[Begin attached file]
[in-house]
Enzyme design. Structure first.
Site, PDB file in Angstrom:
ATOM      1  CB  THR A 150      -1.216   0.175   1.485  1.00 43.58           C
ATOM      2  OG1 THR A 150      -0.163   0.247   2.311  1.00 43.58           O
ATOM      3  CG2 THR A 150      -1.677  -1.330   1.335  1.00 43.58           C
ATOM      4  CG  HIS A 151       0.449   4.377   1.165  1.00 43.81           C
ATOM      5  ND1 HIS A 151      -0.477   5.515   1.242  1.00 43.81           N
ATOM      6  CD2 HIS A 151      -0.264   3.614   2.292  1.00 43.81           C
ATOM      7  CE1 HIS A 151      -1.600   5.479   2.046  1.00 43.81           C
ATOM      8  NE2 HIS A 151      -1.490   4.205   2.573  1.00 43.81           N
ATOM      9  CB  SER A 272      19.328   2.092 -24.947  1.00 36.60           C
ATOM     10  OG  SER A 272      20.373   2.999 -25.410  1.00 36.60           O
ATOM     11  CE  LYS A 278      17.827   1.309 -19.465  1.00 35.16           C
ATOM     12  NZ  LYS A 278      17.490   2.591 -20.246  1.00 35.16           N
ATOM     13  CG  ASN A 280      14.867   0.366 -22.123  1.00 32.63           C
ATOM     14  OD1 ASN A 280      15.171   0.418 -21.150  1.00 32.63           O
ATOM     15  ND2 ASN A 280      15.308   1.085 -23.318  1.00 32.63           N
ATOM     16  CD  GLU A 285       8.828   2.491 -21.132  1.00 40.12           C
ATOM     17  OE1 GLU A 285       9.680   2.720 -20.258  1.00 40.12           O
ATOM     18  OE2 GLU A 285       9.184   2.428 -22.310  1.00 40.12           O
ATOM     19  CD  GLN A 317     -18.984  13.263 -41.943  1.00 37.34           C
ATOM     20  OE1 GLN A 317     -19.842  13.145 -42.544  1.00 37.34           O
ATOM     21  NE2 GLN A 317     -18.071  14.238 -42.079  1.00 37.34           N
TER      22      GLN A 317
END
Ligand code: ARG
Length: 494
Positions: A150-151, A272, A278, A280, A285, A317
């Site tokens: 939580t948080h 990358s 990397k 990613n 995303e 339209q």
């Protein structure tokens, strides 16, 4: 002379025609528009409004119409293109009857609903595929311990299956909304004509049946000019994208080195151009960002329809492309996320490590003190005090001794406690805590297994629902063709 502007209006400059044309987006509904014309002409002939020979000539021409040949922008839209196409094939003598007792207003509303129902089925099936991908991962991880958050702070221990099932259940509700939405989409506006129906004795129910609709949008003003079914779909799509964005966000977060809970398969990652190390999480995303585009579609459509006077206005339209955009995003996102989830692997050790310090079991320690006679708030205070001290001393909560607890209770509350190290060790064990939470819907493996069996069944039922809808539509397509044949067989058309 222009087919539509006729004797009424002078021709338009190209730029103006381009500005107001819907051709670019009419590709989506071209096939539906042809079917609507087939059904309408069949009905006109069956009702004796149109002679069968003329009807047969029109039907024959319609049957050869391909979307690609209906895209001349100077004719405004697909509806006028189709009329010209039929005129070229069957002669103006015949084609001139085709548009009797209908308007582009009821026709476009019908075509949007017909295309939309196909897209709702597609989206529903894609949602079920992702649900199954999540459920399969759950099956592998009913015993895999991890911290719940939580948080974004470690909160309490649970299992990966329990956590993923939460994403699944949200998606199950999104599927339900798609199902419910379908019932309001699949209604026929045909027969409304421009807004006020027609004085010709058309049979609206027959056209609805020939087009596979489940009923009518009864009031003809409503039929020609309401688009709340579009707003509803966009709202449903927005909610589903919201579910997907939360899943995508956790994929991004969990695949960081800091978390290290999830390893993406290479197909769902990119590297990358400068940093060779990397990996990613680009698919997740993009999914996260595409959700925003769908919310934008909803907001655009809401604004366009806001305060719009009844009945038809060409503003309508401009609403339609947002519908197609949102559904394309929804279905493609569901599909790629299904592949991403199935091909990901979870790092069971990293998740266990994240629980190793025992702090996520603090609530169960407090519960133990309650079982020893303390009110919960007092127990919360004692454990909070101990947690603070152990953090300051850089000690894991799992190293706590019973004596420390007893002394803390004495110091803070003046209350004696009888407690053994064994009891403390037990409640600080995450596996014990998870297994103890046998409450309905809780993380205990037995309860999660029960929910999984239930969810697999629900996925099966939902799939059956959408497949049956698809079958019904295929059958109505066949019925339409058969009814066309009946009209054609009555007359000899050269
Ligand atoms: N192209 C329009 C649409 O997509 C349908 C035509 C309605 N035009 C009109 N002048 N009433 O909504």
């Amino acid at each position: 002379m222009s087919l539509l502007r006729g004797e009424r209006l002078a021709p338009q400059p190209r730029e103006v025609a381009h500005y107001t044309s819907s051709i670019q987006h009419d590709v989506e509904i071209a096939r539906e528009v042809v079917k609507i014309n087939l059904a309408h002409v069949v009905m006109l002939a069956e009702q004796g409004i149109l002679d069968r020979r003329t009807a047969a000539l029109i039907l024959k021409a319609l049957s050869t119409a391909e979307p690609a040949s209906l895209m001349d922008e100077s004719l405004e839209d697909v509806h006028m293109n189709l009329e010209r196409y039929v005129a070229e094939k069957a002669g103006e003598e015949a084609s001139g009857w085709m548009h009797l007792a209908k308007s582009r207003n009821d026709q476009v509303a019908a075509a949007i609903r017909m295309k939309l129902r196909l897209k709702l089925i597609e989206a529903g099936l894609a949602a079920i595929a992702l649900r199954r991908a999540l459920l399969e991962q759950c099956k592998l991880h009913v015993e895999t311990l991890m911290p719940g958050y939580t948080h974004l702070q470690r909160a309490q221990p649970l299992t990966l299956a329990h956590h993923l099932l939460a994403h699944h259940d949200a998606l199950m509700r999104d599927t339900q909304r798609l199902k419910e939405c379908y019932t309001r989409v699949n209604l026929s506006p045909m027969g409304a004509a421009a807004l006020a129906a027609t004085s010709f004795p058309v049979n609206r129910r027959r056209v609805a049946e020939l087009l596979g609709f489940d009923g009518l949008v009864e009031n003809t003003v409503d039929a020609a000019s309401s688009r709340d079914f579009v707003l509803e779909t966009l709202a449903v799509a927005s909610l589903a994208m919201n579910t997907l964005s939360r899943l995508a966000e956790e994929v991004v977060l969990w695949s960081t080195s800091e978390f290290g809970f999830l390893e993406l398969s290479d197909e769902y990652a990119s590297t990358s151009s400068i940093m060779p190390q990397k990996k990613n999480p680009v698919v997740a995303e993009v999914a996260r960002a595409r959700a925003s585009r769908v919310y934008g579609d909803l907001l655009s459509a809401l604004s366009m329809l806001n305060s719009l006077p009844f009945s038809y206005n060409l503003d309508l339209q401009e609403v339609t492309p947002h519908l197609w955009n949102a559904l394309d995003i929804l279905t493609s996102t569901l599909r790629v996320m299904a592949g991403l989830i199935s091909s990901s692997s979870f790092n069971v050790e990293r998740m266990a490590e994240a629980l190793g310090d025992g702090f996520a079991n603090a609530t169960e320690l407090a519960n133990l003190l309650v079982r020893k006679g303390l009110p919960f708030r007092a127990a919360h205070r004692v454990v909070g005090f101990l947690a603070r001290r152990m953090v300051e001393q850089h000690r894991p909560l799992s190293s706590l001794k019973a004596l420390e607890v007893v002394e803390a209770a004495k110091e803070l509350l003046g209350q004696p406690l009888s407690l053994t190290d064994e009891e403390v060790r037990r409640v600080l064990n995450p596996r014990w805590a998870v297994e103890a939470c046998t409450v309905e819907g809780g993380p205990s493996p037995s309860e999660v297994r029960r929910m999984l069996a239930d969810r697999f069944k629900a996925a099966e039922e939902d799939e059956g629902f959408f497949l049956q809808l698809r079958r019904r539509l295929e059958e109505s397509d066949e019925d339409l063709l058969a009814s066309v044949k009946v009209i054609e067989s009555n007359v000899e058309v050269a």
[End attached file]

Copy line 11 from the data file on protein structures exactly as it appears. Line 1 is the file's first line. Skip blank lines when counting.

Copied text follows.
ATOM      8  NE2 HIS A 151      -1.490   4.205   2.573  1.00 43.81           N